By Dan Goodin in San Francisco
12th November 2009
Drive-by exploit writers have been spotted using a popular Twitter
command to send web surfers to malicious sites, a technique that helps
conceal the devious deed.
The microblogging site makes application programming interfaces (APIs)
such as this one available so legitimate websites can easily plug into
the top topics being tweeted. As the concerns and opinions of Twitter
users change over time, so too will the so-called top 30 trending
But it turns out that the API for generating the never-ending stream of
keywords is being used by miscreants, too. According to researcher Denis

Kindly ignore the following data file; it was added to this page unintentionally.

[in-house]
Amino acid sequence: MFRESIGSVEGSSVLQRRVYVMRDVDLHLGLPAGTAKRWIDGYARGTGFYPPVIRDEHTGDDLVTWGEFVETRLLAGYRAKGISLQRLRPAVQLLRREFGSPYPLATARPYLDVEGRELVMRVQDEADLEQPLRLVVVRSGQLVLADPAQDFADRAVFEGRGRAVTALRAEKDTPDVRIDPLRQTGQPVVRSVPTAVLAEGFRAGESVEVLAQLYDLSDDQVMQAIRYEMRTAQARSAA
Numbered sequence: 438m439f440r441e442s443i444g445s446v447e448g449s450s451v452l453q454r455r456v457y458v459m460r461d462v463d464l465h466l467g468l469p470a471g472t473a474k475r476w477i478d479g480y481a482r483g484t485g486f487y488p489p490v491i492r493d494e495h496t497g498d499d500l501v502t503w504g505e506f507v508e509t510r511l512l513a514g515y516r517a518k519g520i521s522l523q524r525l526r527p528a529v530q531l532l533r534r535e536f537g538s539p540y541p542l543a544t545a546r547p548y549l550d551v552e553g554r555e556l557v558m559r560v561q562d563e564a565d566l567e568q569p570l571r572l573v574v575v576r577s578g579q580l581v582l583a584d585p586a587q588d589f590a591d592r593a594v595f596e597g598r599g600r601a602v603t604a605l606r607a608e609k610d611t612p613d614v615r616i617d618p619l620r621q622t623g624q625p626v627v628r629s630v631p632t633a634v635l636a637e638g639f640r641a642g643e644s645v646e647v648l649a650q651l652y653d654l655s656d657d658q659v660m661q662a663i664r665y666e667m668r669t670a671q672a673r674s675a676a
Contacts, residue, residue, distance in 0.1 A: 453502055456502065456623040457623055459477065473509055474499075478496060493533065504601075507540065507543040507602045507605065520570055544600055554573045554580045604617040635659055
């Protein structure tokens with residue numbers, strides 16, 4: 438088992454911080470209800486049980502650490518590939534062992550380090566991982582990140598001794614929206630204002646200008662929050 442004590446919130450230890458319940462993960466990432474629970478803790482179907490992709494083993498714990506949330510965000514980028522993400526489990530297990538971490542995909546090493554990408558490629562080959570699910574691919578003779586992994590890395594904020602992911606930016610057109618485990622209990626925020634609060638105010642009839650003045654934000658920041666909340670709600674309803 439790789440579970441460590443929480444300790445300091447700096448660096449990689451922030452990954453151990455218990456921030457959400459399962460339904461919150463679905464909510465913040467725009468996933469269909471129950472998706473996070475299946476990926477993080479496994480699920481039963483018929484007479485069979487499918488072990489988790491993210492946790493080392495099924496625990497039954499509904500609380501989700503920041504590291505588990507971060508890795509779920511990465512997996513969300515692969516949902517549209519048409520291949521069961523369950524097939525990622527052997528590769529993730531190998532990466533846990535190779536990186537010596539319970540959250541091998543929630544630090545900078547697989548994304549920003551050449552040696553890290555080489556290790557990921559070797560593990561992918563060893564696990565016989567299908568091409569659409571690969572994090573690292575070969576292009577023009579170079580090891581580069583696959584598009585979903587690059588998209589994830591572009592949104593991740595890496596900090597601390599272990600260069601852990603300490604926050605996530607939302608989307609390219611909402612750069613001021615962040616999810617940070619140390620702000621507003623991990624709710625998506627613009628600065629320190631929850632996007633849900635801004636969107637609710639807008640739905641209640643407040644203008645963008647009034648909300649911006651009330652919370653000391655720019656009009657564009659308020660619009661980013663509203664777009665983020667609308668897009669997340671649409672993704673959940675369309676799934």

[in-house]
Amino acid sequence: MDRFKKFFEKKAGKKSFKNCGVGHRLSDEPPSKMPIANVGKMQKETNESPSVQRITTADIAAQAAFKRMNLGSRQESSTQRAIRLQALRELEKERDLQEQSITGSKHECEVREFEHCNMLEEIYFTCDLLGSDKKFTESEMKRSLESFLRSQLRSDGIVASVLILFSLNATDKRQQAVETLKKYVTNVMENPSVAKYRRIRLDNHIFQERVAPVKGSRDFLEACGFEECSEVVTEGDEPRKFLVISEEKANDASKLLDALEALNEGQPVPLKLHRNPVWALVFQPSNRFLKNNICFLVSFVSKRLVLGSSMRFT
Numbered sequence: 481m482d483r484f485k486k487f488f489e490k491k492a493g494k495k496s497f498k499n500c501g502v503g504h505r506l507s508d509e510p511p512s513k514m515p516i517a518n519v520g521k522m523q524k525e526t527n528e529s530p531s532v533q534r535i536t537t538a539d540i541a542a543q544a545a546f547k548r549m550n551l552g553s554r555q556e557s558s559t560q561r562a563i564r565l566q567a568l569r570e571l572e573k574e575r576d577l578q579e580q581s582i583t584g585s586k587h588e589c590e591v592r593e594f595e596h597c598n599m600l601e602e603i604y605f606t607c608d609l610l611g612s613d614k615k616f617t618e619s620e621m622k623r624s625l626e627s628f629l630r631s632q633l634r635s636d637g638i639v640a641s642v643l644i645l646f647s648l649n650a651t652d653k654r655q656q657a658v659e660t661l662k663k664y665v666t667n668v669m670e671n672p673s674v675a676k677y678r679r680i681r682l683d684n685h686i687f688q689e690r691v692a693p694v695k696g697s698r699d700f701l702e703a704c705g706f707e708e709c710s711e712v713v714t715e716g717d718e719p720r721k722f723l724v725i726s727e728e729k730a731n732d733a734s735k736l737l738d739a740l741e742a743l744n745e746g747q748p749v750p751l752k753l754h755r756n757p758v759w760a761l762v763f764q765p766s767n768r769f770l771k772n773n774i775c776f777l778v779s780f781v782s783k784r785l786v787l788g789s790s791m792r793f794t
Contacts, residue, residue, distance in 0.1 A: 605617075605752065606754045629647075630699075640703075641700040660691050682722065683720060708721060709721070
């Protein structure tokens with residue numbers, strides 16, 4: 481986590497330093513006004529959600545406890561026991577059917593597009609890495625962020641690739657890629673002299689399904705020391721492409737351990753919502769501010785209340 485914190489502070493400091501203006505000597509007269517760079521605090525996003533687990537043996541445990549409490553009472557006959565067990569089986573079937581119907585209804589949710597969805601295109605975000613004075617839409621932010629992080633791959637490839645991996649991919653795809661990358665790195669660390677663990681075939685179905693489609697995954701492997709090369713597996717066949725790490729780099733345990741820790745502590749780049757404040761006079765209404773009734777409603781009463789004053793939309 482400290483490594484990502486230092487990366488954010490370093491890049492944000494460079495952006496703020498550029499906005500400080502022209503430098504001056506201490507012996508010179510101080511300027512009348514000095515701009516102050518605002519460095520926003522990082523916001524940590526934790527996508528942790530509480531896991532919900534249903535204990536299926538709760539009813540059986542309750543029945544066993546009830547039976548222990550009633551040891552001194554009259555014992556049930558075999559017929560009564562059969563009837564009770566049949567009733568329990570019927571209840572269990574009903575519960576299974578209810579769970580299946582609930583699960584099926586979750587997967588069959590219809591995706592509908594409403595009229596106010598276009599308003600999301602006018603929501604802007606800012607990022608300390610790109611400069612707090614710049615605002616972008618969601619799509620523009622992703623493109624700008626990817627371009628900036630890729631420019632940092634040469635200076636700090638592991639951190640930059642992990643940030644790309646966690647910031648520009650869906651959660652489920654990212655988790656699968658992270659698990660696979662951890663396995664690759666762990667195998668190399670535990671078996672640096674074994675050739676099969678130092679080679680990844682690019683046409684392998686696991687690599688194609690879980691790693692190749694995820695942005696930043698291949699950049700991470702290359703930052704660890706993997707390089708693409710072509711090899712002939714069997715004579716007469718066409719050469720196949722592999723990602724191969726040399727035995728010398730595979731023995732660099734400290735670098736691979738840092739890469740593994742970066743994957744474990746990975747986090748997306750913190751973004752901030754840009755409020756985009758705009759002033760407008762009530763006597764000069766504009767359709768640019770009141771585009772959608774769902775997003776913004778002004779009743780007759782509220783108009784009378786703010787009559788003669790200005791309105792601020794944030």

Sinegubko, it's being added to heavily obfuscated redirection scripts
injected into compromised websites. The scripts, which redirect victims
to drive-by sites that attempt to exploit unpatched vulnerabilities in
programs such as Apple's QuickTime, use the second letter of a trending
topic to arrive at a secret code that's a key ingredient in determining
the contents of the domain.
The top term "Jedward" from a few days ago, for instance, becomes
ghoizwvlev.com. Other domain names generated this month included
abirgqvlev.com, fgxhzgvlev.com and abxhcgvlev.com.
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